Security researchers have found that several modern Honda car models have a vulnerable rolling code mechanism that allows the cars to be unlocked and, sometimes, the engine to be started remotely.
Named Rolling-PWN, the weakness enables replay attacks in which a threat actor intercepts the codes from the keyfob to the car and uses them to unlock or start the vehicle.
The researchers claim to have tested the attack on several Honda models between 2021 and 2022, including Honda Civic 2012, Honda Accord 2020, and Honda Fit 2022.
A modern car’s keyless entry system relies on rolling codes produced by a pseudorandom number generator (PRNG) algorithm to ensure that unique strings are used each tine the keyfob button is pressed.
The rolling code mechanism was originally introduced to prevent fixed code flaws that enabled man-in-the-middle replay attacks.
Vehicles have a counter that checks the chronology of the generated codes, increasing the count upon receiving a new code. However, non-chronological codes are accepted when the vehicle is out of range, or if the keyfob is pressed accidentally.
Researchers Kevin2600 and Wesley Li found that the counter in Honda vehicles is resynchronised when the car vehicle gets lock/unlock commands in a consecutive sequence. Thus causing the car to accept codes from previous sessions, which should, by now, have been invalidated.
An attacker that is equipped with software-defined radio (SDR) equipment could capture a consecutive sequence of codes and replay then at a later date to hijack the vehicle.
The researchers provided videos alongside details about the issue.
The vulnerability is being tracked as CVE-2021-46145 (medium severity) and is described as an issue “related to a non-expiring rolling code and counter resynchronization” in the keyfob subsystem in Honda.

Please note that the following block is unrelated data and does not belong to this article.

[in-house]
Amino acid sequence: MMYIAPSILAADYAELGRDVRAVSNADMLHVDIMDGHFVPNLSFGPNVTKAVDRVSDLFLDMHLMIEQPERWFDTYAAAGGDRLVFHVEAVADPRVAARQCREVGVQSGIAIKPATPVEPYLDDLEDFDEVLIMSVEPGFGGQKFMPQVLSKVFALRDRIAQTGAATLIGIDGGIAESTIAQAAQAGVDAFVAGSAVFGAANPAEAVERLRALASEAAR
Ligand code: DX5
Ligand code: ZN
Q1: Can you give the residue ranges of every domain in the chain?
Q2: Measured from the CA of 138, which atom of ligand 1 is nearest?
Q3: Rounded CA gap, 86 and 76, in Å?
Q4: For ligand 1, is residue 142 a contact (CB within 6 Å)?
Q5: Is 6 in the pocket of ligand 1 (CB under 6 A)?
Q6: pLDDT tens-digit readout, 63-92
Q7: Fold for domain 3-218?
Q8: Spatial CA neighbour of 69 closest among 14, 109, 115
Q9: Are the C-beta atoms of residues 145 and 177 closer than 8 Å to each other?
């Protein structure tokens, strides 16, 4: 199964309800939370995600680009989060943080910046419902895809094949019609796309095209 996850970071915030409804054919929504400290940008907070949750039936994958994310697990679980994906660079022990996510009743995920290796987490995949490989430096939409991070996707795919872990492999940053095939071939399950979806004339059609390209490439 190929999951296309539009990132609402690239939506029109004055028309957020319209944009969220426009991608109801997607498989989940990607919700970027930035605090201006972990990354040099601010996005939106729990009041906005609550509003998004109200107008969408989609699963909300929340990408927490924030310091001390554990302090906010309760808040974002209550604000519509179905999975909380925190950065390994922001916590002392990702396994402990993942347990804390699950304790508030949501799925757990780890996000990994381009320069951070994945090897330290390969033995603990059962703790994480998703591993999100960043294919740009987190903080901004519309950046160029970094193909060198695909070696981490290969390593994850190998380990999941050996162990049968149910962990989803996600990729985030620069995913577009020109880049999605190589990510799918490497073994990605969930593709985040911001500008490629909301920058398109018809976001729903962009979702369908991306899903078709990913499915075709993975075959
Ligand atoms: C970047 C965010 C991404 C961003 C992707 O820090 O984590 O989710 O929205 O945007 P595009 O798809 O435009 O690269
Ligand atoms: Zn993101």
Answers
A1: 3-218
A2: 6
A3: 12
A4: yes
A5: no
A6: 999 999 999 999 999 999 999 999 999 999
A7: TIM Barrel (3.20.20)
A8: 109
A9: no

Newer models are still vulnerable, despite being disclosed in December 2021 when tests were carried out on a 2012 Honda Civic.
Rob Stumpf, an automotive journalist, was able to replicate Rolling-PWN on his 2021 Honda Accord by capturing codes at different times.
Stumpf explains that it doesn’t matter if days or months have passed since capturing the codes, as long as the re-sync sequence is replayed.
An attacker would not be able to drive the car away though because the keyfob needs to be in proximity to do that, according to the researcher.
Researchers tried to notify Honda of the vulnerability but could not find a relevant contact for reporting security-related issues. They eventually filed a report to Honda’s customer service but have not heard back.
A spokesperson for Honda stated, in a statement to Vice, that the report wasn’t credible.
“The key fobs in the referenced vehicles are equipped with rolling code technology that would not allow the vulnerability as represented in the report.”
Honda added, “in addition, the videos offered as evidence of the absence of rolling code do not include sufficient evidence to support the claim.”